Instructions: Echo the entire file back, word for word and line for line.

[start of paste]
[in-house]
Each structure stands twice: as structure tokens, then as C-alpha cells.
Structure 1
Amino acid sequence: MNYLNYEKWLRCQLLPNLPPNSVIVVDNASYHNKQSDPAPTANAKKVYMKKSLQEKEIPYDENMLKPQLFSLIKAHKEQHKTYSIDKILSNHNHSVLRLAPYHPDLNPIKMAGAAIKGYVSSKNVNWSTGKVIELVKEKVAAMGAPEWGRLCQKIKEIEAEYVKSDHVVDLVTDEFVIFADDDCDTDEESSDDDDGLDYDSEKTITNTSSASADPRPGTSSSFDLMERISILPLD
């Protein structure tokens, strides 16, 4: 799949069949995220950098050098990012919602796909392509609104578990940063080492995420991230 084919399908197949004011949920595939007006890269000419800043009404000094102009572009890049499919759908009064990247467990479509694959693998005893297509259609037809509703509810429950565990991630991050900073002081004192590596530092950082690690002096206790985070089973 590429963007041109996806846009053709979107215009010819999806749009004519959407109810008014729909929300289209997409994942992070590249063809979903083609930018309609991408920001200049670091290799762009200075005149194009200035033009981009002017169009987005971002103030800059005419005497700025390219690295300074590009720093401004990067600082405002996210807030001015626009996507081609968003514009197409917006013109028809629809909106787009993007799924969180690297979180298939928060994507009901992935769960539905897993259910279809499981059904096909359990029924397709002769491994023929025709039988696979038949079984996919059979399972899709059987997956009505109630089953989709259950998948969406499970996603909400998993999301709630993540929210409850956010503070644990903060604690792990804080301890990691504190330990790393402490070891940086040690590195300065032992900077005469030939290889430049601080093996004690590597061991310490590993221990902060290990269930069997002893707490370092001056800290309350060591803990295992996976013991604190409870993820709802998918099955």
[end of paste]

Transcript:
[in-house]
Each structure stands twice: as structure tokens, then as C-alpha cells.
Structure 1
Amino acid sequence: MNYLNYEKWLRCQLLPNLPPNSVIVVDNASYHNKQSDPAPTANAKKVYMKKSLQEKEIPYDENMLKPQLFSLIKAHKEQHKTYSIDKILSNHNHSVLRLAPYHPDLNPIKMAGAAIKGYVSSKNVNWSTGKVIELVKEKVAAMGAPEWGRLCQKIKEIEAEYVKSDHVVDLVTDEFVIFADDDCDTDEESSDDDDGLDYDSEKTITNTSSASADPRPGTSSSFDLMERISILPLD
């Protein structure tokens, strides 16, 4: 799949069949995220950098050098990012919602796909392509609104578990940063080492995420991230 084919399908197949004011949920595939007006890269000419800043009404000094102009572009890049499919759908009064990247467990479509694959693998005893297509259609037809509703509810429950565990991630991050900073002081004192590596530092950082690690002096206790985070089973 590429963007041109996806846009053709979107215009010819999806749009004519959407109810008014729909929300289209997409994942992070590249063809979903083609930018309609991408920001200049670091290799762009200075005149194009200035033009981009002017169009987005971002103030800059005419005497700025390219690295300074590009720093401004990067600082405002996210807030001015626009996507081609968003514009197409917006013109028809629809909106787009993007799924969180690297979180298939928060994507009901992935769960539905897993259910279809499981059904096909359990029924397709002769491994023929025709039988696979038949079984996919059979399972899709059987997956009505109630089953989709259950998948969406499970996603909400998993999301709630993540929210409850956010503070644990903060604690792990804080301890990691504190330990790393402490070891940086040690590195300065032992900077005469030939290889430049601080093996004690590597061991310490590993221990902060290990269930069997002893707490370092001056800290309350060591803990295992996976013991604190409870993820709802998918099955």